Design, Photography, & Fashion
Lesson time 14:08 min
Marc discusses the process of going from sketch to pattern and why your first toile will never be perfect. Marc has also provided a pattern from his studio for you to download and study.
Topics include: From Sketch to Pattern • Clearly Communicate Your Vision • The First Toile Is Never Perfect • Adjusting and Adding to Your Muslin • It's Not Done Until It's on the Runway
So the sketch goes first to the pattern makers, who drape with muslin or a fabric similar to the one we'll ultimately use. And when we fit that first muslin or first proto, we make some corrections. Those corrections, if they are close enough to being right, they become a soft pattern. The soft pattern is then used to cut the fabric that we are intending for the garment. Or it's used to cut a second muslin if we need to see a second muslin. So depending on how close it is to being correct, sometimes we'll recut a muslin twice or three times. Other times, it will go right into the actual fabric and then we'll be able to leave bigger seam allowances or certain room for minor changes. But it's very rare that it goes from the first muslin to a real pattern. We usually have to do a second muslin and then that muslin becomes a soft pattern. And that pattern then we use to cut the real fabric. Both making your own patterns or working with a skilled pattern maker are both options. I learned to make patterns when I was in school. I have never made a pattern since I've been out of school. But I luckily work with some great pattern makers. And so that of course is very useful. If you are going to create a garment and you don't have a pattern maker or someone to drape for you, you're going to need to learn this. I also think that even if you do have such people helping you to make your garment or garments, that it's really wonderful and a useful tool to have an idea. I mean to have some knowledge of what it is like to do these things because certainly information and knowledge is always useful. And I think in terms of being able to discuss and adjust and to see, to guide someone, having an understanding of what it is that you're asking them is always a good thing. I think my little bit of knowledge in terms of pattern making helps me sometimes to understand what's wrong. Like I can look at a garment and say, oh there's too much curve in this seam. So my fundamental, basic understanding of pattern making sometimes helps me in understanding what I dislike or what I don't like about a finished garment. And I can also look at a pattern and sometimes see that maybe there's too sharp of a curve or too straight of a line. Or maybe there's not enough ease or gathering or in a seam. But again, I have a very basic and very fundamental understanding of pattern making. And people who professionally make patterns have a much more broad knowledge of that skill and craft and trade. [MUSIC PLAYING] The sketches, again, a form of communication that comes with a verbal explanation. It's not just handed over and then hoping for the best. Take for instance, if we're doing a jacket sketch, Joseph or Emily or one of the designers will explain to any of the pattern makers, oh, we're looking for a broad shoulder but without padding. Maybe give them a littl...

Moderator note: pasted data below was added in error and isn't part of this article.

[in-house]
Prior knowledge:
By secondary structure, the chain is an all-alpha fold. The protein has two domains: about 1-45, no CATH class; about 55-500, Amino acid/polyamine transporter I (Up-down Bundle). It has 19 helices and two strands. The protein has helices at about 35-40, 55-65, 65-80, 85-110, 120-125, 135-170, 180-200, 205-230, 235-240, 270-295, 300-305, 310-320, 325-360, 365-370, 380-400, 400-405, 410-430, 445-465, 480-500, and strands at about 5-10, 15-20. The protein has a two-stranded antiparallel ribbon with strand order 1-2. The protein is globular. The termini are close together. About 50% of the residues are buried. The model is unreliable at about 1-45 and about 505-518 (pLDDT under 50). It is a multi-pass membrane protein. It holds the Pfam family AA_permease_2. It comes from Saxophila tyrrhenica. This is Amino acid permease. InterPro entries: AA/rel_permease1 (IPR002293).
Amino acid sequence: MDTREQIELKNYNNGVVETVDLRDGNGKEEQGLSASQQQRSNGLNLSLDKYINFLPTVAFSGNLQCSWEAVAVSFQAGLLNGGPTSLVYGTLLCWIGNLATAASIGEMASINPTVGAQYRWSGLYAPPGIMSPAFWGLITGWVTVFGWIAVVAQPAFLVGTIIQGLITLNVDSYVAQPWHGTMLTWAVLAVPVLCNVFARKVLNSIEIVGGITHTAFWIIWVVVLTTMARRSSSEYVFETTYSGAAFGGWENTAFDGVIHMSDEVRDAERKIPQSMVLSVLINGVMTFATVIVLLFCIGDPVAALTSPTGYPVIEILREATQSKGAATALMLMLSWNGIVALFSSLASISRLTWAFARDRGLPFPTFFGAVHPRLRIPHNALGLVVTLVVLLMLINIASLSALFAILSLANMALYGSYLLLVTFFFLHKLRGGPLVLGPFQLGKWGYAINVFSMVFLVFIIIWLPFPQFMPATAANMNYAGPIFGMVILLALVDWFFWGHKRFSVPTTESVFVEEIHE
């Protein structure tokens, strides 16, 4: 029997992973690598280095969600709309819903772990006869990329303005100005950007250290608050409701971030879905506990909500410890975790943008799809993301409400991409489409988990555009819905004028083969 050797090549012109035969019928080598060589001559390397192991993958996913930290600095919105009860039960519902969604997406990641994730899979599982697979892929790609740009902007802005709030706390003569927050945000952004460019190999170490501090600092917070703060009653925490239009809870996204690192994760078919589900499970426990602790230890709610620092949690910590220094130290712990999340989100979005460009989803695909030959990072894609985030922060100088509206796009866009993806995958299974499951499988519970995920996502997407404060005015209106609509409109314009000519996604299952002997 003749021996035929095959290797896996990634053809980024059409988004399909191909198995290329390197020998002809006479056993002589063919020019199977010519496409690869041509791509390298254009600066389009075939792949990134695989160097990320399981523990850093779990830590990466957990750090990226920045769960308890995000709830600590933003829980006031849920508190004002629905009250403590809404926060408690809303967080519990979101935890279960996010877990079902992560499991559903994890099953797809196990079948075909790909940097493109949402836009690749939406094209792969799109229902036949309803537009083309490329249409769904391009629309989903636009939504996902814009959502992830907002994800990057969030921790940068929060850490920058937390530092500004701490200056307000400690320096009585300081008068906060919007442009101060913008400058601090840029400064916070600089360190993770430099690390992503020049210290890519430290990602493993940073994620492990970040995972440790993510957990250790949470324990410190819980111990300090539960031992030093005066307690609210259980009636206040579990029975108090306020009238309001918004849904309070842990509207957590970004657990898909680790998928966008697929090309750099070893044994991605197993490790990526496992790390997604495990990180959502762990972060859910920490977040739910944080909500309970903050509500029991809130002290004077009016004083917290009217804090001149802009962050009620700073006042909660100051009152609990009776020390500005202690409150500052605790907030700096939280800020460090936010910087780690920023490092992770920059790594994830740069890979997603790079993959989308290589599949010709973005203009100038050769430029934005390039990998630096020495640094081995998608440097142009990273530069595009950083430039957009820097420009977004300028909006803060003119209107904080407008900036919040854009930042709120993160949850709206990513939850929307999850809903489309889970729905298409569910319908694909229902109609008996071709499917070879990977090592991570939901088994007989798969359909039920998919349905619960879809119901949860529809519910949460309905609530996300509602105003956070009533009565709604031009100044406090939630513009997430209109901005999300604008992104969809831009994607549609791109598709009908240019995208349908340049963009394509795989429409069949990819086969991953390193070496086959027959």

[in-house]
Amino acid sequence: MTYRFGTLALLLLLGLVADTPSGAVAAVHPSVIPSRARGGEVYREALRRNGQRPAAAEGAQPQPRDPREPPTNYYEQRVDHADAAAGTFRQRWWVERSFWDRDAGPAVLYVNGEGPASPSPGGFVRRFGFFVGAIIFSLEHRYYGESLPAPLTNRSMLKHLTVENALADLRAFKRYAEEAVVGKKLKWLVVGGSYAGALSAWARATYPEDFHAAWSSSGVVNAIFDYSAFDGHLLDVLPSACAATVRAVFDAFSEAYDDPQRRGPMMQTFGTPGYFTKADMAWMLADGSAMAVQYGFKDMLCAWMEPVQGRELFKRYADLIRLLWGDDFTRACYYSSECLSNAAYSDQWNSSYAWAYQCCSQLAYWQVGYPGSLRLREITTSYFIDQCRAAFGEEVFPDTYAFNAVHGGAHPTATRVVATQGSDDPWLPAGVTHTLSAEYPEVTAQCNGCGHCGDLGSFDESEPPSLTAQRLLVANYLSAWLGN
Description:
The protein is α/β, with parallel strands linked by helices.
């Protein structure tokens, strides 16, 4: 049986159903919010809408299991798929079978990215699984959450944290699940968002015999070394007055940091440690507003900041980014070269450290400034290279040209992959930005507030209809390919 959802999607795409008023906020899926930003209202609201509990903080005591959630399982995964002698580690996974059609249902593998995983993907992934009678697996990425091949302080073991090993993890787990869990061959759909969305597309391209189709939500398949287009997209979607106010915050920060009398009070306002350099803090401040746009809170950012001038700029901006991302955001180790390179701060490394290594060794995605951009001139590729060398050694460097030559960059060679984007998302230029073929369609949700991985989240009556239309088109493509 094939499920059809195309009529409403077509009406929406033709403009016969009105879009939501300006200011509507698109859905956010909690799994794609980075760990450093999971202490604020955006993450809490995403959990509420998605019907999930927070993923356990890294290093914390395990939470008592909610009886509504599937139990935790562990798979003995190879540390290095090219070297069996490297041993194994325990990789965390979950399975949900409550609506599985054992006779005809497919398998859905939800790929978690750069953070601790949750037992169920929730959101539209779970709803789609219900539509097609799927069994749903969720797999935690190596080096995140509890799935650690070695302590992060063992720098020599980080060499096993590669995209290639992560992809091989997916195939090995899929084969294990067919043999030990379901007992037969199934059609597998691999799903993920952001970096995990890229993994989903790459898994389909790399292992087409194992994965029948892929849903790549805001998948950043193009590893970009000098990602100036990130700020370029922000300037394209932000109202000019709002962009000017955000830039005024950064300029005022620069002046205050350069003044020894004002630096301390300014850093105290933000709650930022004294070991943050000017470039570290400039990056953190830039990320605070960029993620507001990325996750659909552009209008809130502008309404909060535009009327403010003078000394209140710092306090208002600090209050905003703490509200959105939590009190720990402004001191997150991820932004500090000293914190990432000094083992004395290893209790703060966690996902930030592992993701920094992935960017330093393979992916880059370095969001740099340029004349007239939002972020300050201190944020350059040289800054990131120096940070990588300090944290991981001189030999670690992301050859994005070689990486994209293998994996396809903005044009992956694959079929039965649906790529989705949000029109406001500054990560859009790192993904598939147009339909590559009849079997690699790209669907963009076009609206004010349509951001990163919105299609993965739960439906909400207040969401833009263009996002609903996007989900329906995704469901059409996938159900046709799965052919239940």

Marc Jacobs’s infamous grunge collection got him fired. It also won him the CFDA Womenswear Designer of the Year Award. In his first online fashion design class, the 11-time CFDA Award winner teaches his hands-on process for creating clothes that push boundaries and set trends. Learn Marc’s construction techniques, how he creates unique shapes and silhouettes, and how you can develop your own ideas from the first sketch to the final piece.
I think this masterclass was sublime. Marc is such a lovely person and his passion for his job is beautiful. I have learned a lot from this masterclass and I have understood what is behind a wonderful creation. His explanation on his creations opens a new world for me. I love fashion and I think that it really shows people who you are inside. What you wear is who you are. Grazie infinite Marc!
I am not interested in designing clothes. I took the course because I wanted to see how Marc's approach and creative process compared to my own. Watching his story has given me more confidence that I am capable of achieving my own creative goals.
I am in process with the marter classes about the fashion's tenique of Marc Jacobs...
In some lessons, where Marc describe his inspiration with the designs he made, it would be great if there's a complementary photo of it so that the audience can relate better.